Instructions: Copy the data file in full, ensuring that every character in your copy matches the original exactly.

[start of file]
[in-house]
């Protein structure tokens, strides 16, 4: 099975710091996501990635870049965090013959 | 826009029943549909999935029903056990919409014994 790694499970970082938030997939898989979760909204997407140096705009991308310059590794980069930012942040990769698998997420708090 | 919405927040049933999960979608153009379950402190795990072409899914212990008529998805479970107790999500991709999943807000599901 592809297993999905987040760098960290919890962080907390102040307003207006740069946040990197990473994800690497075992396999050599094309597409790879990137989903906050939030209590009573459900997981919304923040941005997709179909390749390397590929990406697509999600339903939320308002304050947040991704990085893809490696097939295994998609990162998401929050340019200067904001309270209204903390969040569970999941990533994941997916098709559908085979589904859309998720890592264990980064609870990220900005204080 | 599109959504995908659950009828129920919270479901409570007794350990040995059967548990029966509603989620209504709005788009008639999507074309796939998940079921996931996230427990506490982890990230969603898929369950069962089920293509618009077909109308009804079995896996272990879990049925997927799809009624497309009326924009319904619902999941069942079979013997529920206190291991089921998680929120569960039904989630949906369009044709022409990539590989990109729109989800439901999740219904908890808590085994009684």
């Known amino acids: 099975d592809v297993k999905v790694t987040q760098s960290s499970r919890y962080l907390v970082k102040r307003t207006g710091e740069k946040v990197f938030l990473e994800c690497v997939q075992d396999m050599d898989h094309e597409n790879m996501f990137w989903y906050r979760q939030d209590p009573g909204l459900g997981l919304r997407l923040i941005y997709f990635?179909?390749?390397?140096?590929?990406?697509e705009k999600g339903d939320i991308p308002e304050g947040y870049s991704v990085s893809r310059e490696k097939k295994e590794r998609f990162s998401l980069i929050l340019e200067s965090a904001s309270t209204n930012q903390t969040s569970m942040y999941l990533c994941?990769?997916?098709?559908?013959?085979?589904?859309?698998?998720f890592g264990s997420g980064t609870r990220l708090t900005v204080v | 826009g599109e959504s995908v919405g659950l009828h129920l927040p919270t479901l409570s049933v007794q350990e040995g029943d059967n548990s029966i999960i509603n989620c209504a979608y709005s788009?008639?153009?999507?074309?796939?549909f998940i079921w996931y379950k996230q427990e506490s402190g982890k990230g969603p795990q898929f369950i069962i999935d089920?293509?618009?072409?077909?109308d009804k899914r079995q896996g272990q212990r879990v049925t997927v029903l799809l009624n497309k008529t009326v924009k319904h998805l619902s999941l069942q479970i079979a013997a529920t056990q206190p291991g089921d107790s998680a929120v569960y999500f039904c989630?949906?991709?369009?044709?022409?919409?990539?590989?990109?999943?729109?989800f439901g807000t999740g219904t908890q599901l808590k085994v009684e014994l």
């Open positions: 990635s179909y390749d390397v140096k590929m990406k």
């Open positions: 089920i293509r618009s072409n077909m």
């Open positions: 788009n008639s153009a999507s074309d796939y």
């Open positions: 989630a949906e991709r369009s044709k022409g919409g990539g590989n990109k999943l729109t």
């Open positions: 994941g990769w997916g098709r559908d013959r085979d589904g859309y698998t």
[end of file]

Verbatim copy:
[in-house]
């Protein structure tokens, strides 16, 4: 099975710091996501990635870049965090013959 | 826009029943549909999935029903056990919409014994 790694499970970082938030997939898989979760909204997407140096705009991308310059590794980069930012942040990769698998997420708090 | 919405927040049933999960979608153009379950402190795990072409899914212990008529998805479970107790999500991709999943807000599901 592809297993999905987040760098960290919890962080907390102040307003207006740069946040990197990473994800690497075992396999050599094309597409790879990137989903906050939030209590009573459900997981919304923040941005997709179909390749390397590929990406697509999600339903939320308002304050947040991704990085893809490696097939295994998609990162998401929050340019200067904001309270209204903390969040569970999941990533994941997916098709559908085979589904859309998720890592264990980064609870990220900005204080 | 599109959504995908659950009828129920919270479901409570007794350990040995059967548990029966509603989620209504709005788009008639999507074309796939998940079921996931996230427990506490982890990230969603898929369950069962089920293509618009077909109308009804079995896996272990879990049925997927799809009624497309009326924009319904619902999941069942079979013997529920206190291991089921998680929120569960039904989630949906369009044709022409990539590989990109729109989800439901999740219904908890808590085994009684």
């Known amino acids: 099975d592809v297993k999905v790694t987040q760098s960290s499970r919890y962080l907390v970082k102040r307003t207006g710091e740069k946040v990197f938030l990473e994800c690497v997939q075992d396999m050599d898989h094309e597409n790879m996501f990137w989903y906050r979760q939030d209590p009573g909204l459900g997981l919304r997407l923040i941005y997709f990635?179909?390749?390397?140096?590929?990406?697509e705009k999600g339903d939320i991308p308002e304050g947040y870049s991704v990085s893809r310059e490696k097939k295994e590794r998609f990162s998401l980069i929050l340019e200067s965090a904001s309270t209204n930012q903390t969040s569970m942040y999941l990533c994941?990769?997916?098709?559908?013959?085979?589904?859309?698998?998720f890592g264990s997420g980064t609870r990220l708090t900005v204080v | 826009g599109e959504s995908v919405g659950l009828h129920l927040p919270t479901l409570s049933v007794q350990e040995g029943d059967n548990s029966i999960i509603n989620c209504a979608y709005s788009?008639?153009?999507?074309?796939?549909f998940i079921w996931y379950k996230q427990e506490s402190g982890k990230g969603p795990q898929f369950i069962i999935d089920?293509?618009?072409?077909?109308d009804k899914r079995q896996g272990q212990r879990v049925t997927v029903l799809l009624n497309k008529t009326v924009k319904h998805l619902s999941l069942q479970i079979a013997a529920t056990q206190p291991g089921d107790s998680a929120v569960y999500f039904c989630?949906?991709?369009?044709?022409?919409?990539?590989?990109?999943?729109?989800f439901g807000t999740g219904t908890q599901l808590k085994v009684e014994l």
């Open positions: 990635s179909y390749d390397v140096k590929m990406k």
């Open positions: 089920i293509r618009s072409n077909m």
């Open positions: 788009n008639s153009a999507s074309d796939y």
């Open positions: 989630a949906e991709r369009s044709k022409g919409g990539g590989n990109k999943l729109t």
């Open positions: 994941g990769w997916g098709r559908d013959r085979d589904g859309y698998t």